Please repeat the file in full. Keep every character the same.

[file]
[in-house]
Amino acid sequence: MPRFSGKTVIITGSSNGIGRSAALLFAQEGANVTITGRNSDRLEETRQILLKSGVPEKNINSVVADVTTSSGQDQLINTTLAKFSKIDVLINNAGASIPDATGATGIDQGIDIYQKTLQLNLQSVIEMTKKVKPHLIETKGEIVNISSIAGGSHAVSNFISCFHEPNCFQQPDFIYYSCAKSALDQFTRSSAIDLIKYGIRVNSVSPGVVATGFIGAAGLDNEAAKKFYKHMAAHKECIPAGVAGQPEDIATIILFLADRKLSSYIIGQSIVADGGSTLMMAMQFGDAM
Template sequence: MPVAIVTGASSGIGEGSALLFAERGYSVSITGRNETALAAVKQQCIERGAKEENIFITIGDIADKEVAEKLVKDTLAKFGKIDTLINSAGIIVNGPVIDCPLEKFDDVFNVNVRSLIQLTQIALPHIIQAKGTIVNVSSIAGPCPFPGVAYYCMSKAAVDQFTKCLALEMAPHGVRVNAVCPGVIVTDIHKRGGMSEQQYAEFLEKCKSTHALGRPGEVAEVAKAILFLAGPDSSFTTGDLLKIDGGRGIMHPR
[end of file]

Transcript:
[in-house]
Amino acid sequence: MPRFSGKTVIITGSSNGIGRSAALLFAQEGANVTITGRNSDRLEETRQILLKSGVPEKNINSVVADVTTSSGQDQLINTTLAKFSKIDVLINNAGASIPDATGATGIDQGIDIYQKTLQLNLQSVIEMTKKVKPHLIETKGEIVNISSIAGGSHAVSNFISCFHEPNCFQQPDFIYYSCAKSALDQFTRSSAIDLIKYGIRVNSVSPGVVATGFIGAAGLDNEAAKKFYKHMAAHKECIPAGVAGQPEDIATIILFLADRKLSSYIIGQSIVADGGSTLMMAMQFGDAM
Template sequence: MPVAIVTGASSGIGEGSALLFAERGYSVSITGRNETALAAVKQQCIERGAKEENIFITIGDIADKEVAEKLVKDTLAKFGKIDTLINSAGIIVNGPVIDCPLEKFDDVFNVNVRSLIQLTQIALPHIIQAKGTIVNVSSIAGPCPFPGVAYYCMSKAAVDQFTKCLALEMAPHGVRVNAVCPGVIVTDIHKRGGMSEQQYAEFLEKCKSTHALGRPGEVAEVAKAILFLAGPDSSFTTGDLLKIDGGRGIMHPR